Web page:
The simulation studies showed that the proposed Bayesian method using all time points outperformed the ordinary Bayesian method with one or all time points included. As expected, the proposed method that utilized the full data was more powerful than the corresponding univariate analysis method that only used a subset of the data. Furthermore, the proposed Bayesian method performed better than the ordinary Bayesian method because our method modeled the within-subject correlation. Further simulation studies showed that statistical power increased as the data had more samples, a smaller number of SNPs, a lower proportion of causal SNPs, and larger trait-heritability. For our simulation studies, we utilized data from the 1000 Genome Project. With only 400 independent samples of EAS ancestry, we restricted out analysis with up to 5, 000 SNPs. With a sufficient sample size, our method can be applied to all available SNPs. We are currently developing a parallel computing algorithm based on the message passing interface to execute multiple groups of SNPs simultaneously. This will make it feasible to apply our method to large-sample GWAS data.

Another important issue to mention is Bayesian model identifiability. In the Bayesian community, there is a wide diversity of views on the identifiability issue. Lindley [

Conceptualization: WC. Data curation: WC, YC. Formal analysis: WC, YC. Funding acquisition: WC. Methodology: WC. Writing - original draft: WC, YC. Writing - review & editing: WC.

No potential conflict of interest relevant to this article was reported.

This work was supported by the National Research Foundation of Korea (NRF) grant funded by the Korea government (2020R1C1C1A01012657) and Basic Science Research Program through the National Research Foundation of Korea (NRF) funded by the Ministry of Education (2021R1A6A1A10044154). This work was supported by the Soongsil University Research Fund.

Supplementary data can be found with this article online at

Time-dependent curves of averaged phenotype values for three different genotypes (0, 1, 2) at 1st causal single nucleotide polymorphism (SNP) with no SNP-time interaction and 10th causal SNP with SNP-time interaction for Setups 4 and 5.

Trace plots of ^{2}, _{1}, _{2}, _{3}, _{21}, _{31} and _{22} for Setups 1‒6 in the simulation study.The black lines represent the values of the draws for all parameters at each iteration and gray lines represent the true values of the parameters.

Posterior (solid line) and prior (dashed line) densities of the parameters for random errors and random effects for Setups 1â€’6. Estimated densities are based on 10, 000 random draws.

95% highest posterior density (HPD) intervals for ^{2}, _{1}, _{2}, _{3}, _{21}, _{31} and _{22} for Setups 1‒6. The blue lines represent the 95% HPD intervals (100 replicates).

Posterior means, medians, standard deviations and 95% HPD intervals of the parameters for random errors and random effects in the simulation study for sample size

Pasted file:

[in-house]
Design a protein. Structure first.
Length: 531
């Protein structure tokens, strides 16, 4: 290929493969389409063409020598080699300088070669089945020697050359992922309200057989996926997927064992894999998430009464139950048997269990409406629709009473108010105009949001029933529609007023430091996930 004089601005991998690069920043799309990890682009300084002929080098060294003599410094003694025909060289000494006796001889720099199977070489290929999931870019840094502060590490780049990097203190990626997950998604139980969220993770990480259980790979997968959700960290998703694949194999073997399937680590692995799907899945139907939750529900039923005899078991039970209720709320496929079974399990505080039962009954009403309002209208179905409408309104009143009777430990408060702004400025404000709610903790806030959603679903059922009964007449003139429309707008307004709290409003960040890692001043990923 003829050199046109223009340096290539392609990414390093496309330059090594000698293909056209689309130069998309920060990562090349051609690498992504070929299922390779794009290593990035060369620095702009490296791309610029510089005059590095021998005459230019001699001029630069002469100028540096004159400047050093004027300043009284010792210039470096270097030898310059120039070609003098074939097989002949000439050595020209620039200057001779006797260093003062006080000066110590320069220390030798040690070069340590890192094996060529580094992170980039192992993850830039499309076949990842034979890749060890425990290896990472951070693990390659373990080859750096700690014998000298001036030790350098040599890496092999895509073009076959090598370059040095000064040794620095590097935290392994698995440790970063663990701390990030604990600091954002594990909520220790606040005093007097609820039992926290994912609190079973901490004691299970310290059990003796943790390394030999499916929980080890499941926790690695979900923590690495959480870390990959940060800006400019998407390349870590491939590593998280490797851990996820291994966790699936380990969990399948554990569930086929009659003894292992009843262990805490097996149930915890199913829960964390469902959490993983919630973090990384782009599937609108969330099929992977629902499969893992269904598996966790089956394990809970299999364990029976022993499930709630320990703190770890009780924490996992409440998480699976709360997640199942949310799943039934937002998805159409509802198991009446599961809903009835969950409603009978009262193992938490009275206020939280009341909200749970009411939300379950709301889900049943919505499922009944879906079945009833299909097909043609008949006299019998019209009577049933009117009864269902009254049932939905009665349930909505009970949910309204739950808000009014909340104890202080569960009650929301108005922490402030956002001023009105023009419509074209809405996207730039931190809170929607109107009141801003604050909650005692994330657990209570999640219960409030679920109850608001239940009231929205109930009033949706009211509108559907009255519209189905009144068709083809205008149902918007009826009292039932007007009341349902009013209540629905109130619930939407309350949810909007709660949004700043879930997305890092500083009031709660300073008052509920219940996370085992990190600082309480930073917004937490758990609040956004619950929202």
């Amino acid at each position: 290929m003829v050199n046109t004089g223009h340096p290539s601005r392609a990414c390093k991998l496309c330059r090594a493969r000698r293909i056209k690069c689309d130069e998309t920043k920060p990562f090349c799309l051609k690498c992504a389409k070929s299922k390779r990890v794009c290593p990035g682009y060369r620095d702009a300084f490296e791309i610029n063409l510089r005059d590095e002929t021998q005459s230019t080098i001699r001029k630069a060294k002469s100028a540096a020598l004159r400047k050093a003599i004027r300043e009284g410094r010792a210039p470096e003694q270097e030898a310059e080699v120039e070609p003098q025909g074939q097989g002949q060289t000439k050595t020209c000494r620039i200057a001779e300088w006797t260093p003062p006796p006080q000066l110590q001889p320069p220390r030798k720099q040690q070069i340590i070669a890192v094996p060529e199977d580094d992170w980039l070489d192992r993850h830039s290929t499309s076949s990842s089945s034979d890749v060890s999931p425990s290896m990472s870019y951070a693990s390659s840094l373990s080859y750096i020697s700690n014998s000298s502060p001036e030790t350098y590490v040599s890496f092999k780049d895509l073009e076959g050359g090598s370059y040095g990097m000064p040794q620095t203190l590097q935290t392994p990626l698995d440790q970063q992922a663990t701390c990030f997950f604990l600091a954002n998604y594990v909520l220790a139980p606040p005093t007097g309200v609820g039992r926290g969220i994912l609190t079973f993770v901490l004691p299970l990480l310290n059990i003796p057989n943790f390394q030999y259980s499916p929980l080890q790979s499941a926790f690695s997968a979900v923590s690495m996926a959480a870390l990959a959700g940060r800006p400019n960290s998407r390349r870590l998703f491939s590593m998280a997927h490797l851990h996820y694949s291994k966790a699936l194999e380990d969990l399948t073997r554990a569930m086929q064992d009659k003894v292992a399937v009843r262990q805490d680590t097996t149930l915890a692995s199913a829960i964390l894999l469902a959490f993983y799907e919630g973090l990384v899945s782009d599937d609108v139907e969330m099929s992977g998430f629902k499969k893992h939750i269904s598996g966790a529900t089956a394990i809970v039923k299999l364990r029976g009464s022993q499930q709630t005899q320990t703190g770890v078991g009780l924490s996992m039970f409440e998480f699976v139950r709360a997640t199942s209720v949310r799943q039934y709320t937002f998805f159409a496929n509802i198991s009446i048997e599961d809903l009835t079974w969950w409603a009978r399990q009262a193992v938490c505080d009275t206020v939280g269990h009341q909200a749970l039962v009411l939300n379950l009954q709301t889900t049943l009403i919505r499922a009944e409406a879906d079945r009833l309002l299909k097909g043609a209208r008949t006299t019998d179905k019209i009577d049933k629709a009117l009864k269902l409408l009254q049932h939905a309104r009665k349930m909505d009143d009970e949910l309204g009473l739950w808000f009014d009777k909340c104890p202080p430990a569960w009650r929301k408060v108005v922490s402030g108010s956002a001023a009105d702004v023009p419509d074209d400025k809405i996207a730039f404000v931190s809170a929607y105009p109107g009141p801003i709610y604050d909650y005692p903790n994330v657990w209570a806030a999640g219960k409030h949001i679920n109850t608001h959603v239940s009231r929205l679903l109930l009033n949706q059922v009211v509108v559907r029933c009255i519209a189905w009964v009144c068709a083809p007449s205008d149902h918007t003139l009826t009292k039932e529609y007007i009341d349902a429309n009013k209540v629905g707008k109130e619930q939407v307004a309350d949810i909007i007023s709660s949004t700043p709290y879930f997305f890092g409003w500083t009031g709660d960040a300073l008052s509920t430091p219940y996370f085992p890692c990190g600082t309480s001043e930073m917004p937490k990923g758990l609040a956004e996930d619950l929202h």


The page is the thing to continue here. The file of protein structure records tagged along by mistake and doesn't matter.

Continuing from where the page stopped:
Posterior means, medians, standard deviations, and 95% HPD intervals of the parameters for random errors and random effects in the simulation study for number of SNPs

Posterior means, medians, standard deviations, and 95% HPD intervals of the parameters for random errors and random effects in the simulation study for proportion of causal SNPs

Posterior means, medians, standard deviations, and 95% HPD intervals of the parameters for random errors and random effects in the simulation study for heritability

Average DIC scores and simplified BPIC scores over 100 replications in the simulation study for sample size, number of SNPs, proportion of causal SNPs and heritability

Genome-wide profiles of 2

Genome-wide profiles of 2

Receiving operating characteristic curve analyses in the simulation study for Setup 1 (A), 2 (B), 3 (C), 4 (D), 5 (E) and 6 (F). The red solid lines represent the results of gridbayes, the blue dot-dashed lines correspond to qtlbim-sub and the green long-dashed lines display the results from qtlbim-all. gridbayes: grid-based Bayesian mixed models with all the data; qtlbim-sub qtlbim with a subset of each simulated data where only one measurement from each subject was randomly selected; qtlbim-all: qtlbim with all the data by (incorrectly) assuming that all the measurements were independent. G, gene; T, time.

Receiving operating characteristic curve analyses in the simulation study for sample size, number of single-nucleotide polymorphisms (SNPs), proportion of causal SNPs, and heritability. (A) We decreased the sample size from ^{2} = 40% trait-heritability. (B) We increased the number of SNPs from ^{2} = 40% trait-heritability. (C) We increased the proportion of causal SNPs from c = 1% to 5%. The simulation data contained N = 2, 000 observations, ^{2} = 40% trait-heritability. (D) We decreased the trait-heritability from h^{2} = 40% to h^{2} = 10%. The simulation data contained N = 2, 000 observations,

Posterior means, medians, standard deviations, and 95% HPD intervals of the parameters for random errors and random effects in the simulation study

Setup | Par | True | Mean | Med | SD | 95% HPD | Setup | Par | True | Mean | Med | SD | 95% HPD |
---|---|---|---|---|---|---|---|---|---|---|---|---|---|

1 | ^{2} |
1 | 1.01 | 1.01 | 0.04 | 0.92 to 1.09 | 2 | ^{2} |